The Art of War iii: Lady Death And The Snipers of Stalingrad

Call of Duty wasn’t the first game to pay tribute to women’s sacrifice during World War Two but it still holds up well.

Upon starting Call of Duty you are a young private on a boat. Sounds like the start to hundreds of World War Two games – generally starting with the allied invasion of Normandy.

But Call of Duty: Finest Hour begins differently. You are a young Soviet soldier on a rowboat desperately trying to reach the war ravaged shores of Stalingrad. At this point in the war the Germans had captured a vast majority of Soviet territory. Much of Ukraine, Belarus and the Baltic’s were under Nazi control.

Not only was Stalingrad (now Volgograd) a strategic target for the axis – the Nazi’s initially wanted to paralyze the industrious city while also cutting off access to the Volga River but it also became an epicenter for propaganda and morale. So much so that Hitler himself personally rewrote military strategy to occupy Stalingrad upon defeat. So sure of victory he even wrote that following the battle every Russian man is to be shot and every Russian woman and child deported because the population was “throughly communistic” and “especially dangerous”.

But that defeat was never to happen. The battle of Stalingrad is considered one of the most violent and bloody battles in warfare history with an estimated TWO MILLION casualties between both sides. Close quarter combat, building to building, room to room, brick by brick the streets of Stalingrad ran red.

The gravity of the situation was grave. With their backs to the wall Russians were fighting for everything. Stalin’s government telling every man, woman and child with a gun to step up against their German invaders. To lose Stalingrad would be to lose the war. But proud Russians refused to let that happen.

In the game during the second act of the “Eastern Front” you assume control of a female Soviet sniper named, Tanya Pavelovna. At first glance this may have seemed progressive for the time of its release. A female lead in a war game but this was no token nod to the fairer sex.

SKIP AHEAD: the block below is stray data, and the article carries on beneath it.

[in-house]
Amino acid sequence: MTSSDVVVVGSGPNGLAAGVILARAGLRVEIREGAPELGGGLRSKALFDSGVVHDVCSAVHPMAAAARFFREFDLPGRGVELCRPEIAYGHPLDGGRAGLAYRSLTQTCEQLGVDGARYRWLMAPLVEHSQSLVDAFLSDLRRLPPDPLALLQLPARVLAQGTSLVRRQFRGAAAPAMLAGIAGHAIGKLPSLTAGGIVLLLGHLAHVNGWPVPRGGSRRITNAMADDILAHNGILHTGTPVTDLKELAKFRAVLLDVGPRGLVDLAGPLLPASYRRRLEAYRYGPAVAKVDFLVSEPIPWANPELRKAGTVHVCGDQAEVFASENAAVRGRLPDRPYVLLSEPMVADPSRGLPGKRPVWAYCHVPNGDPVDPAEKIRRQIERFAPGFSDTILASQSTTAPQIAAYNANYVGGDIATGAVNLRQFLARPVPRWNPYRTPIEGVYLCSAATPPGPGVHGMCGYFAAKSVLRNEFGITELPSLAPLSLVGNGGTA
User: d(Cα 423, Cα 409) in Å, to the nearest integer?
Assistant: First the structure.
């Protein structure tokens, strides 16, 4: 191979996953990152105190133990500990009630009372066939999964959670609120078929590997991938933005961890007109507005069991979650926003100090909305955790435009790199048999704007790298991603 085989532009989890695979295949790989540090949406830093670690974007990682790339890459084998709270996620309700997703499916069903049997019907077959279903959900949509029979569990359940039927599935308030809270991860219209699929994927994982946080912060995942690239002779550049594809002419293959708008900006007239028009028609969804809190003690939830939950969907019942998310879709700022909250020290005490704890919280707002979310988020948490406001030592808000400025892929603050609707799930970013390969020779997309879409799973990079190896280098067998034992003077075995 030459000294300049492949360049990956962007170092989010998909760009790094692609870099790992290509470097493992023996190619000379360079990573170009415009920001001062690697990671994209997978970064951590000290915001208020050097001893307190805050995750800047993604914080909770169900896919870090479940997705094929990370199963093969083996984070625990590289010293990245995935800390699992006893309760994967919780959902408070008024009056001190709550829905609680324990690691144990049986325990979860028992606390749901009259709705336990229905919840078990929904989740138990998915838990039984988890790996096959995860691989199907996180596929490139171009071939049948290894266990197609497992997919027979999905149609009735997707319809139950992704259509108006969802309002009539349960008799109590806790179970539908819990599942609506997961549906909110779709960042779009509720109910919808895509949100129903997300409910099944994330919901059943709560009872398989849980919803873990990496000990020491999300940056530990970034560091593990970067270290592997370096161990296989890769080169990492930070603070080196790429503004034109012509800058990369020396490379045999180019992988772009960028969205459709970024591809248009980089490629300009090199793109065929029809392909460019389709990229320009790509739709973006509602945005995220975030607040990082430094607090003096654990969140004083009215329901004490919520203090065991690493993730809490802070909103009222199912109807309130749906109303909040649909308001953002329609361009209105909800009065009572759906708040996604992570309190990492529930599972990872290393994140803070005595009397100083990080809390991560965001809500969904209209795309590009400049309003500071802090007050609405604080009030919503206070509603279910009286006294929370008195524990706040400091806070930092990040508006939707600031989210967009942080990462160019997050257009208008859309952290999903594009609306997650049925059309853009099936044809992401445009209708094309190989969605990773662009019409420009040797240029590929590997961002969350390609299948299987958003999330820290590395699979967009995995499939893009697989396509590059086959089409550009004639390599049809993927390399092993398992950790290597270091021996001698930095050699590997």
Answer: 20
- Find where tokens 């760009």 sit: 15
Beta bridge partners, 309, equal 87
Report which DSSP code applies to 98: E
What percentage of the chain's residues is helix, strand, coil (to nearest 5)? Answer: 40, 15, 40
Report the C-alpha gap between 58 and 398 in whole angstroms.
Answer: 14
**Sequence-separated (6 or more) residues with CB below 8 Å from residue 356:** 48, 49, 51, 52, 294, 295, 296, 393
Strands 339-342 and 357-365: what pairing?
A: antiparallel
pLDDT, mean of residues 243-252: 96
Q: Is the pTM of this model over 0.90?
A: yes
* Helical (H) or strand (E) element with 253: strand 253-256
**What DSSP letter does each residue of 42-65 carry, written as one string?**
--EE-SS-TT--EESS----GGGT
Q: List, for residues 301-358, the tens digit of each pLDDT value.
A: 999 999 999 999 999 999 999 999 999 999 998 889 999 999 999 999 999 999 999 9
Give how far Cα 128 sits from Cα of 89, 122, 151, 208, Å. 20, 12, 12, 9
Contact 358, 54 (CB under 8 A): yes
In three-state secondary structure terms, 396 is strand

During the second war the USSR used more women in combat that any other country and many of these women were not only proficient soldiers but deadly snipers.

Following World War I which emphasized not only trench warfare but introduced short range combat with the machine gun, Soviet military minds decided to take an alternative route. Focusing on long range sniper attacks to counteract being out manned and out gunned by the Germans during the first war many of the top stand outs in this sniper training happened to be women.

(Warhistoryonline.com)

For two years on the defensive these sharpshooters gave the Germans grief at every corner. Standard practice was to aim for the commanding officer first and pick off soldiers from there one by one with deadly precision.

Of these snipers one woman stood out from all the rest. The deadliest known female sniper in the history of war. Lyudmila Pavlichenko also known as, “Lady Death” had 309 confirmed kills by the end of the war. Of those 309 kills – 36 of them were enemy snipers.

Lyudmila Pavlichenko

Wounded by a mortar blast Pavlichenko was removed from combat in June 1942 and for her service she was promoted to Major and awarded the title Hero of the Soviet Union.

Of the thousands of women who helped their nation achieve victory against pure evil only 2,484 were sharpshooters and only an estimated 500 in total survived the war. Each acting as a testament to the human spirit and bravery regardless of gender.

Give me food, money, beer or kill me: https://ko-fi.com/colinsik

If for some reason you’d like to read more of my thoughts or follow me on social media: https://linktr.ee/BuffaloRetro

Leave a Reply

Fill in your details below or click an icon to log in:

WordPress.com Logo

You are commenting using your WordPress.com account. Log Out /  Change )

Google photo

You are commenting using your Google account. Log Out /  Change )

Twitter picture

You are commenting using your Twitter account. Log Out /  Change )

Facebook photo

You are commenting using your Facebook account. Log Out /  Change )

Connecting to %s